The intensity seems to come from the simple fact that these kids are staking their whole future on their studies.  They work hard in groups, put tons of effort into each project, and dedicate ungodly hours in the belief that their entire future rides on what they do now.  A relative success portends money and safety; a relative failure means falling short of their (sometimes vague) definitions of doing well.

The weariness seems to come from two things:  Living too long in a game where the only feedback  comes in the form of periodic scores (0.00-4.00) and an uncertainty about what's really going to happen.  I often ask what their plans are or where they want to end up.  Much of the time they reply, "I don't know" or "Somewhere near [city/state/family]."

There are always a few who end up saying, "I can't wait to get the hell out of this place."

For me, I'm more of the fisherman from BillyTG's story.  Living in the country means that my costs are pretty low.  My wife has a good job, and both she and my family have been extremely supportive of their "starving grad student."

My goals are actually fairly simple:  I have a (surprisingly low) income I wish to make, and as long as the work doesn't require me to be away from home too much, I can be happy.  (Easier to do in IT than other new careers.)

Most of my schooling is being paid for with the Post 9/11 GI Bill, so money isn't a huge problem.

But the big difference between me and the younger crowd is that I  am not staking my entire life on these classes.  Win, lose, or draw, I can enjoy the process, enjoy my family, and still have the depth of experience to do something different if it all falls through.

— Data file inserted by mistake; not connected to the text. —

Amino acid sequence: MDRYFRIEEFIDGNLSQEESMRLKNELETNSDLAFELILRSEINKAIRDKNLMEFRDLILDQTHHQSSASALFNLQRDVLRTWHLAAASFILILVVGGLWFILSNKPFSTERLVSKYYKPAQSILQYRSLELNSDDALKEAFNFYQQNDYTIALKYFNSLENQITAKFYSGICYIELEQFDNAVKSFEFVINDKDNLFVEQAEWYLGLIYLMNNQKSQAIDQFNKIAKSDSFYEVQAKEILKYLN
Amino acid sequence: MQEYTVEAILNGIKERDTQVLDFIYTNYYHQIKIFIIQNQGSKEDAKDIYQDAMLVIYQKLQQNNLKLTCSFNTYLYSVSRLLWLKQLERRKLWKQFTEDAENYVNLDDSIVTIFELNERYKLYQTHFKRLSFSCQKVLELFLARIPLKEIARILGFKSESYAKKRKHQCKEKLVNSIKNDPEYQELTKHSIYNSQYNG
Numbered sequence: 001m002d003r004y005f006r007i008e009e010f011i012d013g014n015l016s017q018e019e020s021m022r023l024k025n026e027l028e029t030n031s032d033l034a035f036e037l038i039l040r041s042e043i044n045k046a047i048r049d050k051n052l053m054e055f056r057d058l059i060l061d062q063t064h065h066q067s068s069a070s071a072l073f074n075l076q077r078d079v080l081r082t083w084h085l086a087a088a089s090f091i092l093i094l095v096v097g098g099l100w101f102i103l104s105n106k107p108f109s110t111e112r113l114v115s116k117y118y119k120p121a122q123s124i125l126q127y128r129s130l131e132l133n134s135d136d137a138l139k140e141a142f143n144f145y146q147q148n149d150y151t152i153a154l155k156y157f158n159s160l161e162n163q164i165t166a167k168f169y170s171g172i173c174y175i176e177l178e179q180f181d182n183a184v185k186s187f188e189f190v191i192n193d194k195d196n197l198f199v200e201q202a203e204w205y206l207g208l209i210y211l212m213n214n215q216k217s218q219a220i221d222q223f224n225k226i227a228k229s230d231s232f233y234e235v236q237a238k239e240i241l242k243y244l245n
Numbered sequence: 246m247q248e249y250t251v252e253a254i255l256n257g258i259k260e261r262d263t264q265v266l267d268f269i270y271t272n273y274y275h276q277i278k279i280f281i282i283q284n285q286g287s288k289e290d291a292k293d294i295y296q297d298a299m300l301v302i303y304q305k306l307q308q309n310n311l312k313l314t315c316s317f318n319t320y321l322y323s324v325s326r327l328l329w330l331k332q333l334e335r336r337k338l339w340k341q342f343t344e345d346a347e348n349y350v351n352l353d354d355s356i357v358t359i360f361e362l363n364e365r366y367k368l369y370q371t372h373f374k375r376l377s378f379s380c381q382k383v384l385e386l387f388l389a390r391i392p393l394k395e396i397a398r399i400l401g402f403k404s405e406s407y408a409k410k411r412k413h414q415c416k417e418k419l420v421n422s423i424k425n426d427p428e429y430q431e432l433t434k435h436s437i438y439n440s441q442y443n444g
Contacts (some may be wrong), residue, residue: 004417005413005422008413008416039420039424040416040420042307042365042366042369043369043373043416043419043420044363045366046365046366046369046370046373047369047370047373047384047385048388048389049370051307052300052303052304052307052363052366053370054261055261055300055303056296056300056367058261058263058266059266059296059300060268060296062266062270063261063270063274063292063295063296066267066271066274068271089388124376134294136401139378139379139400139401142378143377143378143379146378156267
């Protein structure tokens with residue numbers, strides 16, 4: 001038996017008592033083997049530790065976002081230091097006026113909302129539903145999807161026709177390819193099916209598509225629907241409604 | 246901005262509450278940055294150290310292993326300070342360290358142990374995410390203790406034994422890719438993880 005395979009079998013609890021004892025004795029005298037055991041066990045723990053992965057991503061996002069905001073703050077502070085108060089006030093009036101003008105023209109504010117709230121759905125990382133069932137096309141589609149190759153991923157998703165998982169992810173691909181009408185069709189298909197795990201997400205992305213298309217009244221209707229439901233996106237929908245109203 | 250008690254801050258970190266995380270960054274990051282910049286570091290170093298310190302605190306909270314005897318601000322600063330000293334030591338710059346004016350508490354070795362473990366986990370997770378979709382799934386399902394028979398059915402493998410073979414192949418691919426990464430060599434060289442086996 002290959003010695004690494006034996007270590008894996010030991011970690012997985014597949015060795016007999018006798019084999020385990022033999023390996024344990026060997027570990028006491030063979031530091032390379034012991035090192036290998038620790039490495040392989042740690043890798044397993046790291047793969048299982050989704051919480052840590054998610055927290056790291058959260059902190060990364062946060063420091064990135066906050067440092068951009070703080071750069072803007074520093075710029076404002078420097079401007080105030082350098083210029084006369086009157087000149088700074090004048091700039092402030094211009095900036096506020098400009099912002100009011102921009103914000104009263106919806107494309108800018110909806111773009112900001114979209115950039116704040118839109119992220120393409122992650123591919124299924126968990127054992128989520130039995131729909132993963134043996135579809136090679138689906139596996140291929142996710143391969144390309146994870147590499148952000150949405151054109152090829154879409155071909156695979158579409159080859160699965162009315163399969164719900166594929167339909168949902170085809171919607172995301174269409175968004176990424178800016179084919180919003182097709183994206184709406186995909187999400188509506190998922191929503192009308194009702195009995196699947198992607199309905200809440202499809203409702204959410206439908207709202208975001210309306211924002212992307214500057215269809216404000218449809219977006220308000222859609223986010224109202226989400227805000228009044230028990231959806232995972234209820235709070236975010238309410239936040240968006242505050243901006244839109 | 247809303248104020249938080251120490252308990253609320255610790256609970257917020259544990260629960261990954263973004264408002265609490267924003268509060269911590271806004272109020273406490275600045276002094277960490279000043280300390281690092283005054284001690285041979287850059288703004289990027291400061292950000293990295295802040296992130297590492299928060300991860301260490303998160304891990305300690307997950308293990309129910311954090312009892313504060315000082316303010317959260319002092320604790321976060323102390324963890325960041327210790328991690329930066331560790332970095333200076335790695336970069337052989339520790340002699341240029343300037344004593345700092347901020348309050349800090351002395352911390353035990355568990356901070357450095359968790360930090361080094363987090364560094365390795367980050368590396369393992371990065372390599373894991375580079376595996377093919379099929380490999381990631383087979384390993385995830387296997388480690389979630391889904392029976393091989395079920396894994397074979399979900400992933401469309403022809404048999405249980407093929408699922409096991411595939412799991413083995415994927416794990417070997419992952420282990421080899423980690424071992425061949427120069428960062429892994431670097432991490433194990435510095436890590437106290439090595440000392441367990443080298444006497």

What Rosey talks about is true, and he doesn't even address the fact that, at the end of the process, these young people may end up qualified for a narrow range of jobs that may not be there.  They then have to look into other fields (which produce their own oversupply of experts), and then everyone has to race for the bottom:  Low-wage jobs requiring basic skills not taught in college...and there they compete with everyone else who didn't go to school.

...all while dragging a mountain of debt.

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#9) On November 10, 2010 at 7:12 PM, dwot (67.31) wrote:

miteycasey, I have wondered as well...

Willmaster, that is a good question.  I bet there is a huge range of where they go and what they do as they get older.

BillyTG, good story.  

August, the not being competitive with those who didn't go to university is a real killer.  Certainly when I did a cost benefit analysis of where I'd be had I stayed in waitressing, well it seems because of tips that was one of the few occupations that I tend to think people did much better.  Compare it to retail for example.